Brown Bear skull from Pontnewydd Cave
(Photo National Museum Wales)


The oldest known human remains in Wales,dating from about 230,000 years ago, were found in Pontnewydd Cave, located within the Elwy Valley in Denbighshire. Excavations conducted between 1978 and 1985 unearthed human teeth that belonged to several early-Neanderthals, ranging from adults to young children.



Archaeologists surveying during excavations in Pontnewydd Cave (left)
Neanderthal teeth recovered from Pontnewydd Cave (right)
(Photos National Museum Wales)


Palaeolithic – The Earliest Humans

Discoveries of flint artefacts and butchered bones at the Happisburgh project in Norfolk indicate the presence of hominins (pre-humans) within the Lower Palaeolithic landscape of Britain possibly between 800,000 – 900,000 years ago. These are the oldest such finds yet found from northern Europe, recovered from an interglacial (warmer climate period) deposit together with plant and animal remains that point to a Scandinavian type climate with conifer forest and grassland. These earliest hominins shared their environment with mammoths, lions and hyenas.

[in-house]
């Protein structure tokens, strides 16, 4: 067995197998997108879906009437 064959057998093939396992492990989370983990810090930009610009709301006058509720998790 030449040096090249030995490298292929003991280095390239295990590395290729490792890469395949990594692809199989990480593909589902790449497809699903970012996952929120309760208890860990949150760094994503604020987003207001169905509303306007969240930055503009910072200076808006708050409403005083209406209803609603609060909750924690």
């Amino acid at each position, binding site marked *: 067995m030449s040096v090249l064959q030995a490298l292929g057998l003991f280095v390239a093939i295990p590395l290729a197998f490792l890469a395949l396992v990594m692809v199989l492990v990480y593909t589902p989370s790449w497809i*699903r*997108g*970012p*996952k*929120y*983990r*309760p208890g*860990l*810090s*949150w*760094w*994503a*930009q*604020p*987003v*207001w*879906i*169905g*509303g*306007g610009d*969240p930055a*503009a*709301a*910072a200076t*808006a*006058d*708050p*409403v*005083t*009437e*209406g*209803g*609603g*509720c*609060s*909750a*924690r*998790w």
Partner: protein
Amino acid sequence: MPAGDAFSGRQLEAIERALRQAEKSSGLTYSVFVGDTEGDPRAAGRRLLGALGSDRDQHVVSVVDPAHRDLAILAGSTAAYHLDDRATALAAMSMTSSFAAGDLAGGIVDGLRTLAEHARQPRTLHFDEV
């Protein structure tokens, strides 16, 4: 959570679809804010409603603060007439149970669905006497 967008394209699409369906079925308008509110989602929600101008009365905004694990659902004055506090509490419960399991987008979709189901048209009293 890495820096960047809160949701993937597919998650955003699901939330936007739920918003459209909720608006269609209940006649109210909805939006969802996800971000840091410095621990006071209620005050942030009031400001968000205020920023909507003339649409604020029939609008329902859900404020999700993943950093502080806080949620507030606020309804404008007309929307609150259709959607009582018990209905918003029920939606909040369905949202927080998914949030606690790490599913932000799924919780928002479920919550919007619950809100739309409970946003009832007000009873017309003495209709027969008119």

The first available evidence we have for early humans or Neanderthals in modern-day Wales dates from the later Lower Palaeolithic. Although they belong to the same genus, Homo, as us, they were very different and do not appear to have adapted to their changing environment as well as modern humans. As the ice retreated, Neanderthal men and women moved westwards in pursuit of prey and in Wales found shelter in limestone caves, such as Pontnewydd Cave, in Denbighshire, occupied around 230,000 years ago in the middle of an interglacial, and Coygan Cave in Carmarthenshire where late Neanderthal (60,000 - 35,000 years ago) hand axes have been discovered.

Palaeolithic flint tools from Pontnewydd Cave
(Photos National Museum Wales)